Fatherlessness is a arot that is eating away at the modern soul, a writes Douglas Wilson, and the problem goes far beyond physical absence. aMost of our families are starving for fathers, even if Dad is around, and thereas a huge cost to our children and our society because of it.a Father Hunger takes a thoughtful, timely, richly engaging excursion into our cultural chasm of absentee fatherhood. Blending leading-edge research with incisive analysis and real-life examples, Wilson: Traces a range of societal ills?from poverty and crime to joyless feminism and paternalistic government expansion?to a vacuum of mature masculinity Explains the key differences between asserting paternal authority and reestablishing true spiritual fathering Uncovers the corporate-fulfillment fallacy and other mistaken assumptions that undermine fatherhood Extols the benefits of restoring fruitful fathering, from stronger marriages to greater economic liberty Filled with practical ideas and self-evaluation tools, Father Hunger both encourages and challenges men to aembrace the high calling of fatherhood, a becoming the dads that their families and our culture so desperately need them to be. qWilson sounds a clarion call among Christian men that is pointedly biblical, urgently relevant, humorously accessible, and practically wise.q ?Richard D. Phillips, author of The Masculine Mandate: God's Calling to Men qFather Hunger illulstrates one of the greatest influences or lack thereof on the identity of a man: a father. Read a book that will strike an invisible chord in the lives of men both lost and found.q ?Dr. Eric Mason, pastor of Epiphany Fellowship, PhiladelphiaBut modernists want to keep that intricate device we call fathers and, when stumped, consult a different manual ... This is akin to troubleshooting problems with your Apple laptop by consulting the Chilton manual for a a#39;72 Ford pickup truck. ... To say that Dad is indispensable is not to say that you can drop Mom any old time.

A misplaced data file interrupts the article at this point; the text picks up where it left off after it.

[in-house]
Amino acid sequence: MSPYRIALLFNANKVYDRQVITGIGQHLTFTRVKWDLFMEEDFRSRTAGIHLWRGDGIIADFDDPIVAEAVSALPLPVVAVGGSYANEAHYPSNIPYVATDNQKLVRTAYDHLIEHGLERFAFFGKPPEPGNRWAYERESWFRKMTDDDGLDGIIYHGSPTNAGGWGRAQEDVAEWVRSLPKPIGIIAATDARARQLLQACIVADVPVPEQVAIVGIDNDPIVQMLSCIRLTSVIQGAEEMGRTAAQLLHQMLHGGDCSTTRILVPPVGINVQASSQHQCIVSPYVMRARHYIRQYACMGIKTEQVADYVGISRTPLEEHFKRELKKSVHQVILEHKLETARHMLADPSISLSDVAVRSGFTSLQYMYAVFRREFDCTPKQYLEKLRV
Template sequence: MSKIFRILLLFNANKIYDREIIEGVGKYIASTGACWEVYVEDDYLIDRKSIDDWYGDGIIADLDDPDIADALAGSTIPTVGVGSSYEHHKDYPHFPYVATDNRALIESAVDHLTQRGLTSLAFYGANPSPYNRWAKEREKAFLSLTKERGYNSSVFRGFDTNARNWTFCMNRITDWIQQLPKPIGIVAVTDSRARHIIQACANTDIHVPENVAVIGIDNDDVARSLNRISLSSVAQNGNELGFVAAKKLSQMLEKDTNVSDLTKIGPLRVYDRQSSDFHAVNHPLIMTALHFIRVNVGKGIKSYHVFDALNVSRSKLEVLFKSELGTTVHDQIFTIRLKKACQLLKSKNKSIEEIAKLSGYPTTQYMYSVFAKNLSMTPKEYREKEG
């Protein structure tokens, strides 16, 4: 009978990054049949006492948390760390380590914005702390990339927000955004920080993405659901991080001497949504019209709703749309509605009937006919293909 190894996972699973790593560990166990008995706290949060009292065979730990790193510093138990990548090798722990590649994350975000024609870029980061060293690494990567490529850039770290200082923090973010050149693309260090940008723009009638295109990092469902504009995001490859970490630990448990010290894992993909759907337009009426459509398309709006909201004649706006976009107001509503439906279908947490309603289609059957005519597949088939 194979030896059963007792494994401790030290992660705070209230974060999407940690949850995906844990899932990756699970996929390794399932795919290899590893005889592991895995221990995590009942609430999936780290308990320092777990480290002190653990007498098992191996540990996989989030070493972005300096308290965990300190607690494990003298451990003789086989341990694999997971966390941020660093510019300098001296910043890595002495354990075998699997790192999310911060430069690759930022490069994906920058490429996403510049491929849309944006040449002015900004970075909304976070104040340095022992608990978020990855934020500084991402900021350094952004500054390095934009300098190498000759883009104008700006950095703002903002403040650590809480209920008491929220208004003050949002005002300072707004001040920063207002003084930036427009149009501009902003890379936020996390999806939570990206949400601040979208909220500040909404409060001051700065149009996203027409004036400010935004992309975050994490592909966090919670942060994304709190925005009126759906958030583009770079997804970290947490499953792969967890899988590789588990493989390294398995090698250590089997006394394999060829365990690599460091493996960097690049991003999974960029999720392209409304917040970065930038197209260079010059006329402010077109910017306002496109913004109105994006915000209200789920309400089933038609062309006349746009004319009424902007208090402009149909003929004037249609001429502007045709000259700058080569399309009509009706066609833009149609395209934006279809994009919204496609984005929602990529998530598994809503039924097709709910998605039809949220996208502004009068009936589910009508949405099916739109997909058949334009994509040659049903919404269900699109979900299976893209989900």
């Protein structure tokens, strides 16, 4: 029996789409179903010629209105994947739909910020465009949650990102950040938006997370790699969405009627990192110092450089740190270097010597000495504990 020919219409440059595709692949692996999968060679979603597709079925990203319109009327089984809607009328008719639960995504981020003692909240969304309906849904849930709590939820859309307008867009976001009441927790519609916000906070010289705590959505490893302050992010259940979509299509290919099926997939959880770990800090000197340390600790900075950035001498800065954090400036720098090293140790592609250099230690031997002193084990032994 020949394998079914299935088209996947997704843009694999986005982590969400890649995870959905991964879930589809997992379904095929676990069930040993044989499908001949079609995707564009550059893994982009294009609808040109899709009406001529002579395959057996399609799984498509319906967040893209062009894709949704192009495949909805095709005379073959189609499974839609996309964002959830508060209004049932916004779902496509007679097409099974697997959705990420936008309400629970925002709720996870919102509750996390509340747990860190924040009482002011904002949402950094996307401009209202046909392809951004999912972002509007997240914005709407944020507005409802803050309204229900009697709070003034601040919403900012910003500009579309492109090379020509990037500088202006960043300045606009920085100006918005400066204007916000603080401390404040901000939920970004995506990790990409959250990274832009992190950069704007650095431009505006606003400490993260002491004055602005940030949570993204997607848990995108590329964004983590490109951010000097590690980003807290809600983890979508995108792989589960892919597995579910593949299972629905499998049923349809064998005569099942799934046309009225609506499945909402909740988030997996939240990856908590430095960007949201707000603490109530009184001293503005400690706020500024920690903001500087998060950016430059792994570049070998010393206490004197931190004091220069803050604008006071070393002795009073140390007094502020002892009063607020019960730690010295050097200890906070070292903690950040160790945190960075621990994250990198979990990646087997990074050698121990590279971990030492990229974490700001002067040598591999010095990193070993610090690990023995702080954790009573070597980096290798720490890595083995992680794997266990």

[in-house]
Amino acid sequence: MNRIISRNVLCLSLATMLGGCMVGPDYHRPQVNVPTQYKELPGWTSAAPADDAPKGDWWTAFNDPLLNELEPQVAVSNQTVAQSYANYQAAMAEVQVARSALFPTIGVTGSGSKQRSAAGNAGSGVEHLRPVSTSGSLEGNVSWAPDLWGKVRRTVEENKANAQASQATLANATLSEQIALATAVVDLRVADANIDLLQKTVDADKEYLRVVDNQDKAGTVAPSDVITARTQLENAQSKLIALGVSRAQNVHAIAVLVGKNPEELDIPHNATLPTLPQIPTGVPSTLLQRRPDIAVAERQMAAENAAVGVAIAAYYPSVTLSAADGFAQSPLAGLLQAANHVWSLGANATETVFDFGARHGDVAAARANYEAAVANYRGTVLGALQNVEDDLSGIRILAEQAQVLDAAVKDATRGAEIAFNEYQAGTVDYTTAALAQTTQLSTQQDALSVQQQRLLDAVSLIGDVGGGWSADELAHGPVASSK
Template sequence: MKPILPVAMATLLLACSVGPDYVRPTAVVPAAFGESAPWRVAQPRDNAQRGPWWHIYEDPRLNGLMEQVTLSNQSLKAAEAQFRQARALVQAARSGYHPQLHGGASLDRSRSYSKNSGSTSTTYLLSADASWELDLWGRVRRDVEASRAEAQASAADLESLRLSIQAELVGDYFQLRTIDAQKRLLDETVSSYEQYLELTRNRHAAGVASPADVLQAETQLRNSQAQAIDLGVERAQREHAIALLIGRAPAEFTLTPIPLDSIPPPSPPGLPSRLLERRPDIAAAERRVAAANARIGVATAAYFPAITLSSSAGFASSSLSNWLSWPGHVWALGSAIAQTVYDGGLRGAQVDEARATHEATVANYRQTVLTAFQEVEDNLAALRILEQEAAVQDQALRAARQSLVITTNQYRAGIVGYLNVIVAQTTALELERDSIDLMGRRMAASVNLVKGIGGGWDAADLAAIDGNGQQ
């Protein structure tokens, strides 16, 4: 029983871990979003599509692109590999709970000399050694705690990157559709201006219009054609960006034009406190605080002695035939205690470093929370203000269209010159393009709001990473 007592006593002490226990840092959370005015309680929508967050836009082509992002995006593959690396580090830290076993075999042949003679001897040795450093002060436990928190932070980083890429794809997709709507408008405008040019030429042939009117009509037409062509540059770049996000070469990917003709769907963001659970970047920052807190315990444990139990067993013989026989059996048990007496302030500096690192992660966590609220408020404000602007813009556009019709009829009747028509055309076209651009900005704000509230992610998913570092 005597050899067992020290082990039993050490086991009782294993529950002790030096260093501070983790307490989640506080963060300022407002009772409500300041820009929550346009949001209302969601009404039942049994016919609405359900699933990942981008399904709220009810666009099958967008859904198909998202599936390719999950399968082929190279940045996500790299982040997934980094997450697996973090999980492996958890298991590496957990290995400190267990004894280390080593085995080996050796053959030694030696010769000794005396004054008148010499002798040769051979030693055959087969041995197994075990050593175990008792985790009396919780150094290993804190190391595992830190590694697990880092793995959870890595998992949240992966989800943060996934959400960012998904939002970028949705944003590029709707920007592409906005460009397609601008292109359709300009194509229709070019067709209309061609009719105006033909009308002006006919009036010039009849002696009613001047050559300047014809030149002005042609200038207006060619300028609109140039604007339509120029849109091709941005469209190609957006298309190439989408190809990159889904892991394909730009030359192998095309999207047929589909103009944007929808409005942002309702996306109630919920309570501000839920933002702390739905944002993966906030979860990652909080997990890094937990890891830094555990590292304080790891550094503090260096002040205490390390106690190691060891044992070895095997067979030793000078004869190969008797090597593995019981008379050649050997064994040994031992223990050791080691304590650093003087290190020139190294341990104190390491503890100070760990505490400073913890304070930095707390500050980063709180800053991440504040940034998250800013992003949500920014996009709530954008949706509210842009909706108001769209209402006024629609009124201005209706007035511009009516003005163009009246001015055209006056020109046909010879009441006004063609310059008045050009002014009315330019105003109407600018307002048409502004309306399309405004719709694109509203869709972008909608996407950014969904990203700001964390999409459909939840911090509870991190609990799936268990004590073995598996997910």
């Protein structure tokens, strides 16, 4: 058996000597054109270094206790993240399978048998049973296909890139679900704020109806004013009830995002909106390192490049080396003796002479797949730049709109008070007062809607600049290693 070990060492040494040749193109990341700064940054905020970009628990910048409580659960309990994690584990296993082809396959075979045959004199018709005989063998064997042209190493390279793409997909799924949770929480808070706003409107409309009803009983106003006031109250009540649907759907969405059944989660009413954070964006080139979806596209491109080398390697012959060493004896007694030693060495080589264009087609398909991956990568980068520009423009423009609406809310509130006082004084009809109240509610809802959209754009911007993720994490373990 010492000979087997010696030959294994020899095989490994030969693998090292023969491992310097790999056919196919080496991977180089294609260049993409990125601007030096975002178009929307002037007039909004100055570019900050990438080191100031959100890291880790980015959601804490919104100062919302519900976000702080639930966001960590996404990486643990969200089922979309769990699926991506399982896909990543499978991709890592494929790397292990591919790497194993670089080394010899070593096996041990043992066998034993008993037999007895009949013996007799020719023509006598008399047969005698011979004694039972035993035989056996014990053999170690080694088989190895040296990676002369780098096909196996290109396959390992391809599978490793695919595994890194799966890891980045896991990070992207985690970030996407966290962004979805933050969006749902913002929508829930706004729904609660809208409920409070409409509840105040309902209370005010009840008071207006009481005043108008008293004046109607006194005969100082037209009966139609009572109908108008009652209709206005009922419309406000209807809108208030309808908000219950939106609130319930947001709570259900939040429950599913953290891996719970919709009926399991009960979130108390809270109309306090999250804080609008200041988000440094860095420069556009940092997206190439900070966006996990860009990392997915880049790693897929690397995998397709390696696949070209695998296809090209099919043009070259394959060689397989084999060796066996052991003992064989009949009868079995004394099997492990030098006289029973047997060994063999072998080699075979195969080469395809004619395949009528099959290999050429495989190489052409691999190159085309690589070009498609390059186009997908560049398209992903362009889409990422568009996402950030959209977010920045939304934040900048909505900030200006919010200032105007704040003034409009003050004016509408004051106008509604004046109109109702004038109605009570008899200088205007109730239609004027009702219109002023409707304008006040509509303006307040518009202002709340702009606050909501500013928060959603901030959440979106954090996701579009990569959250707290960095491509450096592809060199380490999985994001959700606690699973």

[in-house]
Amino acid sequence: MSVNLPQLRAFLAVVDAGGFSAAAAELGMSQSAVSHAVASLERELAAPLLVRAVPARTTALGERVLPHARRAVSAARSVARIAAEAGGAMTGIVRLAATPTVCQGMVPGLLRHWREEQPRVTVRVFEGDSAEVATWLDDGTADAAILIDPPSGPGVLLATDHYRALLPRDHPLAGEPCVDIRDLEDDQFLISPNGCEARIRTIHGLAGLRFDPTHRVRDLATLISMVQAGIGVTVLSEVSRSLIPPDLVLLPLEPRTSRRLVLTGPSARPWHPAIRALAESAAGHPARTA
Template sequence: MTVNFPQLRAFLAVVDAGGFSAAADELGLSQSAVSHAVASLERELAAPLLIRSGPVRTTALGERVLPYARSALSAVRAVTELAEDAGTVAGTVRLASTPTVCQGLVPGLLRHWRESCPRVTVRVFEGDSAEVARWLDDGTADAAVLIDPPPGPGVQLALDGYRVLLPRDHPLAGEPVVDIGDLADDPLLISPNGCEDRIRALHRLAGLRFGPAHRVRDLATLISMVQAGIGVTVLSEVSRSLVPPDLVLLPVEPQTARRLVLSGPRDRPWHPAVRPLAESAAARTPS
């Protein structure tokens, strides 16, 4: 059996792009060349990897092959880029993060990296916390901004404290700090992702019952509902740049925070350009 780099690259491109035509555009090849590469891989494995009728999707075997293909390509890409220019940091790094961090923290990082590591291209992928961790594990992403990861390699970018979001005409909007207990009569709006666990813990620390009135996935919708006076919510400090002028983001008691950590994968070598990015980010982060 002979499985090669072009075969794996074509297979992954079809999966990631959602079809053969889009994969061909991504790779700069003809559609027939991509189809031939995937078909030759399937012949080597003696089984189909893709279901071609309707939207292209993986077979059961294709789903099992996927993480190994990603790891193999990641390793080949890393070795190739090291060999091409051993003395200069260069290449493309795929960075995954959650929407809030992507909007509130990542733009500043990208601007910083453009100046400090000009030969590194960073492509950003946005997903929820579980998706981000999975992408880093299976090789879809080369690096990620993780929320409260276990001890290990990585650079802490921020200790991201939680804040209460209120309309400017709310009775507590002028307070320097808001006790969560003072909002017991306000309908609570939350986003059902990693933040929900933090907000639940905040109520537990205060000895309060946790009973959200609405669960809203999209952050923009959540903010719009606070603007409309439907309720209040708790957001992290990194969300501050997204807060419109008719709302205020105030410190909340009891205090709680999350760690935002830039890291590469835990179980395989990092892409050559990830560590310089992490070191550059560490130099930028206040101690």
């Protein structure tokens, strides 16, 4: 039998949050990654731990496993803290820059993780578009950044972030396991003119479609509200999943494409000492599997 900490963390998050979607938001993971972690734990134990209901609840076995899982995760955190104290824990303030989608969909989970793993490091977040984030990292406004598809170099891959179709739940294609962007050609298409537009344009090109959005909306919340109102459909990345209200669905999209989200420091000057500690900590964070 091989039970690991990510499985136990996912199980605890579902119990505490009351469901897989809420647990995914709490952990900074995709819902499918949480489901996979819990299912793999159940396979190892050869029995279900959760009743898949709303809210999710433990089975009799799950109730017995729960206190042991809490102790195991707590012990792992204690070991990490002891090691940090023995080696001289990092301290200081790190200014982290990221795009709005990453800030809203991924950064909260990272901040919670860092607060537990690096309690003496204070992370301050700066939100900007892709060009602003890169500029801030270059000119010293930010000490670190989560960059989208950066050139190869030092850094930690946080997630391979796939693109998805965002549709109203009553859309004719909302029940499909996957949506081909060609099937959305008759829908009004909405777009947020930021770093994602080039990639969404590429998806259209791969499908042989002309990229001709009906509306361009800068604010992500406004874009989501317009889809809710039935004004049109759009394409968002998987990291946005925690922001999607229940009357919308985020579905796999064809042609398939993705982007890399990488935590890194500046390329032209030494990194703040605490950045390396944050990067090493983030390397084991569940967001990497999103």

|Publisher||:||Thomas Nelson Inc - 2012-04-30|